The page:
Back again and looking forward to warmer weather and all the good stuff that comes with it. Lots of great ergonomic products coming out for the musician- I’m seeing these everywhere, and they are better than ever. Companies are doing their homework- better products, quality materials, lab tested- not just slapping an ergonomic label on them to move a few units. Straps, guitars, you name it. Cabinets and heads are lighter than ever, without sacrificing much in the way of tone.
In June I’ll be giving a presentation for the International Society of Bassists for their biennial convention, this year being held at the Eastman School of Music in Rochester, New York. The topic will be bowing and do’s and don’ts from an injury prevention perspective, so while beginning to prepare for that I thought I’d talk a bit about the bow.
Bowing should produce a natural hand position. When using a French bow, the hand is placed on top of the stick and power is generated as the hand applies weight that is distributed between the index and middle fingers and at right angles to the stick. The thumb serves as the support and distributes the weight accordingly. The weight exerted by the hand should come from the natural weight of the arm and shoulder. The German bow is held from underneath so that the force generated by the arm automatically directs the bow into the string. The index finger is the main supplier of force, but is supported by the second finger and thumb. The little finger serves to hold up the bow and to direct it so that it moves at right angles to the strings. Bowing should be done without pressure. Too much pressure by the bow against the strings will cause excess tension throughout the right arm. The bow should be drawn without pressure, and the weight of the arm used so as not to ruin the sound. The follow through should do just that, the bow becoming an extension of the arm and not putting excess pressure on the wrist. Many times left hand trouble, such as pain or cramping trying to get all the notes, is failure of the right hand to provide enough power to get through the passage. Common to the right hand will be a near constant state of flexion from grasping the bow and guiding it across the strings, while the left hand will be in constant movement, wih the fingers flexing and extending, pressing down on the strings and reaching for position.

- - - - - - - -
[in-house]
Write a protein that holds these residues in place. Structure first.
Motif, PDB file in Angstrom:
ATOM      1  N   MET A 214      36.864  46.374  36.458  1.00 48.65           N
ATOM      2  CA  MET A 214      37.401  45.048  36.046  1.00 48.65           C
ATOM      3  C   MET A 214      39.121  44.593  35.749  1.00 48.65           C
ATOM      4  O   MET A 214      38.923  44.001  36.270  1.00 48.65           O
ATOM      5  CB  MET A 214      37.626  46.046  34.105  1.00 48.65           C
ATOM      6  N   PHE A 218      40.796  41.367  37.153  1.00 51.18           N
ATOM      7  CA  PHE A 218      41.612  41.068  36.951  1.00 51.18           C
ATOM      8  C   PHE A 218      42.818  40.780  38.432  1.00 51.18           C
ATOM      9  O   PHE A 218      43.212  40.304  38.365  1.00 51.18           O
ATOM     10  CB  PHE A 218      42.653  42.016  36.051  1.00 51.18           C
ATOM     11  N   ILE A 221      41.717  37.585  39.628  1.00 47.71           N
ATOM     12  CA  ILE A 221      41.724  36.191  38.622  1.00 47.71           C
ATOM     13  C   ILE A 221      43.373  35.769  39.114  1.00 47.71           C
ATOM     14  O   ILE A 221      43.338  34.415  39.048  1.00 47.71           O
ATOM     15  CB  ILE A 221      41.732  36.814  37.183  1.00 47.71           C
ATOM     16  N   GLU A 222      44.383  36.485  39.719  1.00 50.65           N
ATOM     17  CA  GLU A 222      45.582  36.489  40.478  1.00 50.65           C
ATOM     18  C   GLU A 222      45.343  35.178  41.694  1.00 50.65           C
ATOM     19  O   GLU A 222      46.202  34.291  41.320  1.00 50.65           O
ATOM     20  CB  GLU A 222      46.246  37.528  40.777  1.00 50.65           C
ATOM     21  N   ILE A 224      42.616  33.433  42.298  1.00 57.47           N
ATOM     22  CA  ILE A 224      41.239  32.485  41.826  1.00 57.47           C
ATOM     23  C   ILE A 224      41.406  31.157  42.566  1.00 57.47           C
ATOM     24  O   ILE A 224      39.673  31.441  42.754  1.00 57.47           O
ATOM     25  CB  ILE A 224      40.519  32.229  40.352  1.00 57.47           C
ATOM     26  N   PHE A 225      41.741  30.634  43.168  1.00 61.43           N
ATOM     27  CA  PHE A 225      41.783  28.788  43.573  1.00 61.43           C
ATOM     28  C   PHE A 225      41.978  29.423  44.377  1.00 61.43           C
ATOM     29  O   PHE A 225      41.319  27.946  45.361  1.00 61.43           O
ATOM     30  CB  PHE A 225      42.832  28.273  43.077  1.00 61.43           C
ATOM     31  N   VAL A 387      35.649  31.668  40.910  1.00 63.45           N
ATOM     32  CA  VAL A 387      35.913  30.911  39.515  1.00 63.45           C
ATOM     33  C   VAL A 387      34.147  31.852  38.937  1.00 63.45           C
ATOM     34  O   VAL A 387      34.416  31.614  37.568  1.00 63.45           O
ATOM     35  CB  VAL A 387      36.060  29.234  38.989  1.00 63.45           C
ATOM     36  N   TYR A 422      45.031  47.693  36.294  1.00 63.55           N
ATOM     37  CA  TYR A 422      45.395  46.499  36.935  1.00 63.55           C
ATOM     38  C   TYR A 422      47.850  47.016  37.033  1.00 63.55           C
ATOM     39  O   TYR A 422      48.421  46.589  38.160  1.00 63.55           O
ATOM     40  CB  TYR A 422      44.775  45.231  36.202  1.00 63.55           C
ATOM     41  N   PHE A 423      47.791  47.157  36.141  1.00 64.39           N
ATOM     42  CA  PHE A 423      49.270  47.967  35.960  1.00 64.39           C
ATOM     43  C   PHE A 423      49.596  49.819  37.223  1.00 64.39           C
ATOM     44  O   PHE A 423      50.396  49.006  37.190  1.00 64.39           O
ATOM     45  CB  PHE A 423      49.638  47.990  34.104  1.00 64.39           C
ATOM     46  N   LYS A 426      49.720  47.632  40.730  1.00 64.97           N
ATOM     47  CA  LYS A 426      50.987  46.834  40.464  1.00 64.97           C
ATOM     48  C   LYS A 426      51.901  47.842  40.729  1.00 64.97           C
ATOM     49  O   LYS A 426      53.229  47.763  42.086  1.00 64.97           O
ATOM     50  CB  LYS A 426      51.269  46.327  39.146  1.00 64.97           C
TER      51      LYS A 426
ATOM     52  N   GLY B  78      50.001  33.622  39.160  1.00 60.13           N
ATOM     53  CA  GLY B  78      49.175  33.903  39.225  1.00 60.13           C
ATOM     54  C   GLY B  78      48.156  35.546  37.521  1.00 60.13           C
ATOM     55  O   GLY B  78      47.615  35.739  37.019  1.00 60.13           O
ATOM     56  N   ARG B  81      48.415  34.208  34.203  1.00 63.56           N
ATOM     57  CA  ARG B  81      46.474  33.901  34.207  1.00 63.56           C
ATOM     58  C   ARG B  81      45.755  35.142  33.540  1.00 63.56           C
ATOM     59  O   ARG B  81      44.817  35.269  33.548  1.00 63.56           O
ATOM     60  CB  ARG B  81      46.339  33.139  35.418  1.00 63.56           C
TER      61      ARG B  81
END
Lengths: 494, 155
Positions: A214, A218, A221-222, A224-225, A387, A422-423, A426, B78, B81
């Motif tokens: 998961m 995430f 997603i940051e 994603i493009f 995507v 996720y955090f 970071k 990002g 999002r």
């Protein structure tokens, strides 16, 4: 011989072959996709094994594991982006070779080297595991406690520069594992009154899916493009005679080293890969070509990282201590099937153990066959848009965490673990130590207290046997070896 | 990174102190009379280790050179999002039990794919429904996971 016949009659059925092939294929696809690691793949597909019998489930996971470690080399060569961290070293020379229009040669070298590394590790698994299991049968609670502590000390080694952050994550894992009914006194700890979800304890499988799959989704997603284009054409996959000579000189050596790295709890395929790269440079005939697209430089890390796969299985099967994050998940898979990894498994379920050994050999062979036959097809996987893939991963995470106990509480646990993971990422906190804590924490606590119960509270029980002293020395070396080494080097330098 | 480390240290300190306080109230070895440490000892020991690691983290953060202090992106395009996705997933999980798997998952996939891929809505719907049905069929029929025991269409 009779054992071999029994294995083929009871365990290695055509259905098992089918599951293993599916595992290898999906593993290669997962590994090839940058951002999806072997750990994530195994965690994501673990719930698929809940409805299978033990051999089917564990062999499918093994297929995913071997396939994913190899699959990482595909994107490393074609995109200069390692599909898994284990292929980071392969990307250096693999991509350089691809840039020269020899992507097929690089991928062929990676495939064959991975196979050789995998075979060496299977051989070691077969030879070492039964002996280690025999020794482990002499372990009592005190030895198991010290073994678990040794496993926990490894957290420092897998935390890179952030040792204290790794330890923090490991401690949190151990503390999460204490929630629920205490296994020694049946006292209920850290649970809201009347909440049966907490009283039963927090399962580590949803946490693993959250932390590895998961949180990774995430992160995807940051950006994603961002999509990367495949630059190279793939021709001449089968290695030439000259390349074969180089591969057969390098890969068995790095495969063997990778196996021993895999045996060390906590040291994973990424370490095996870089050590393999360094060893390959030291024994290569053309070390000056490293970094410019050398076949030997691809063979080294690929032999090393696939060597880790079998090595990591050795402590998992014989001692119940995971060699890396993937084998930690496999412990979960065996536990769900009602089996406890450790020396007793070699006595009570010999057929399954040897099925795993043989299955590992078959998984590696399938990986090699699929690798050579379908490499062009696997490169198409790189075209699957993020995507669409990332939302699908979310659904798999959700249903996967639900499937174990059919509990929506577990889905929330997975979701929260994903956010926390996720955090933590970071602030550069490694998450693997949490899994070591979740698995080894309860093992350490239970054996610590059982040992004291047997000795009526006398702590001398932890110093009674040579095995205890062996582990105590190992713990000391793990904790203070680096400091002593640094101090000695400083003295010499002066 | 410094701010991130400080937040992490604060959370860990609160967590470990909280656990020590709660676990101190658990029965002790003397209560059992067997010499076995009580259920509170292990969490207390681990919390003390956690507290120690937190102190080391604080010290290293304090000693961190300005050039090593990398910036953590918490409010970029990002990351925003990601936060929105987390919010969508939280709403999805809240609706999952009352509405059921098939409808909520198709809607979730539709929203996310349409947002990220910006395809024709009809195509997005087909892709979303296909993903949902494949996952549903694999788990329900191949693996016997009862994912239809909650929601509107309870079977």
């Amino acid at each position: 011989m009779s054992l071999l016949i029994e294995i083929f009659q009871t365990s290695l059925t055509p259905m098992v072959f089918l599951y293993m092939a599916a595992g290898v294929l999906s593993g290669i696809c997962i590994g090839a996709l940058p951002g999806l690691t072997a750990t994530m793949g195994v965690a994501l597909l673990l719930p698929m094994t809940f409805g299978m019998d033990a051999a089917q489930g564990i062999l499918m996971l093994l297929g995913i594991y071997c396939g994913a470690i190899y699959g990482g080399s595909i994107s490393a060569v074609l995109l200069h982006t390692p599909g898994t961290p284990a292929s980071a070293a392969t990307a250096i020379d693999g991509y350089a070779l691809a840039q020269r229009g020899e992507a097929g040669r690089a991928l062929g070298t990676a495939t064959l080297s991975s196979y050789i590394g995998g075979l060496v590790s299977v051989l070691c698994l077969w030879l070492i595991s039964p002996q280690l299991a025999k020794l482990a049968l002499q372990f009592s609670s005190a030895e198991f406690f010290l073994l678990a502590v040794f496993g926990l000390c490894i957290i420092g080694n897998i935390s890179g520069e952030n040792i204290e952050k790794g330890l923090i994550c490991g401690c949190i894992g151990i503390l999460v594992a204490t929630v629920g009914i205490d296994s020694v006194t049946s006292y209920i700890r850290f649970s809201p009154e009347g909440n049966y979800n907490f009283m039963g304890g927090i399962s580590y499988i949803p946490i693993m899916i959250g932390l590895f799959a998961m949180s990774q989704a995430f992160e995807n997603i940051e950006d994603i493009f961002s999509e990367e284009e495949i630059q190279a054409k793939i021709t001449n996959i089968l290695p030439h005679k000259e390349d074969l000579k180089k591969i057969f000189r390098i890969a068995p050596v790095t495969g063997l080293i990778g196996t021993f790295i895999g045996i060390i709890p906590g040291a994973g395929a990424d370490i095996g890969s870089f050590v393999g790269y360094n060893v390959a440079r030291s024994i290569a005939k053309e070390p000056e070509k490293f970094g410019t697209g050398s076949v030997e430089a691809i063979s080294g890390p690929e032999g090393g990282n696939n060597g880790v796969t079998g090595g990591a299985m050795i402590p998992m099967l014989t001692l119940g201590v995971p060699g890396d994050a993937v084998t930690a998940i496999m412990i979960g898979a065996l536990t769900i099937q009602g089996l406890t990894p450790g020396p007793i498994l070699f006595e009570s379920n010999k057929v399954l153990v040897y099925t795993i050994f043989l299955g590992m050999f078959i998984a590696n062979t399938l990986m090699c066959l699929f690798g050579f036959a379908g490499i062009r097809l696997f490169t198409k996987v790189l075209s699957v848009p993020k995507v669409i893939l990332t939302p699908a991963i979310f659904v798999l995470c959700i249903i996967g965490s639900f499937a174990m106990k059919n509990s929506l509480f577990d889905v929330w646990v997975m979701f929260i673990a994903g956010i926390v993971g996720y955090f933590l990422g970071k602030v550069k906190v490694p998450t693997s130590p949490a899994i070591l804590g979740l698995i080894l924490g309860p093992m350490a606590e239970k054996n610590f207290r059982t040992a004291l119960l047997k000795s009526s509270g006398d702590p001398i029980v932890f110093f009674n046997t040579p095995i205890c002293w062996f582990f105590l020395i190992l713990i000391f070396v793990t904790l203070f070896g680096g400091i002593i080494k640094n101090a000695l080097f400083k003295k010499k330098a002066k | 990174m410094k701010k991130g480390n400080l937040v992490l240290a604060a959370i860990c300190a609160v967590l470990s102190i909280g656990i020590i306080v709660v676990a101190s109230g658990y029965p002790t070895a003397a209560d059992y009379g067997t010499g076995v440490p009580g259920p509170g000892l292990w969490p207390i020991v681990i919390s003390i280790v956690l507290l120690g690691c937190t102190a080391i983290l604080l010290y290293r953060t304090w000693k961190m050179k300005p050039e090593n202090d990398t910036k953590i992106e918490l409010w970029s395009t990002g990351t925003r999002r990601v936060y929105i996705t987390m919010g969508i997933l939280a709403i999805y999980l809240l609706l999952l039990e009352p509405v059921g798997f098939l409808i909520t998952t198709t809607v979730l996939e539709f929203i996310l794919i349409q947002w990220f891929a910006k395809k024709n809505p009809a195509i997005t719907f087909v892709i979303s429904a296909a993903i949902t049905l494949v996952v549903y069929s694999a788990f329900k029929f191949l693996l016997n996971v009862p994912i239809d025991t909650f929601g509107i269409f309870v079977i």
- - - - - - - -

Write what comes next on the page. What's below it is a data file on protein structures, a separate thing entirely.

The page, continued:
As Grammy award winning bassist and composer John Clayton told me, “Players may not have discovered the importance of not squeezing the bow. I notice this in both styles, but especially with the French bow. Without special instruction you end up squeezing the bow in order to hold it versus allowing the bow to be cradled in the hand. When you learn properly you discover that you can angle the fingers in a certain way so it rests on the fingers like a shelf, rather than bringing the thumb to the stick. Players instinctively grab the bow this way, or with the left hand the bass, like a baseball bat or doorknob, squeeezing too tightly, and when playing a piece with an orchestra for 45 minutes your muscles will tighten up. With the French bow, when bringing the thumb to the stick, keep the thumb bent, cradling the bow in the area of the palm so that the hand remains soft and flexible. If kept straight, this area will tense up.” Keep this great advice in mind next time you pick up the bow, before you set your hand position and before you begin to play.
Pictures of ideal hand position for both French and German bow are readily available online or in many technique books.
Hope to see you at the ISB convention this year- a truly stellar line-up awaits. Find out more at isbworldoffice.com- and tell them Doc sent you.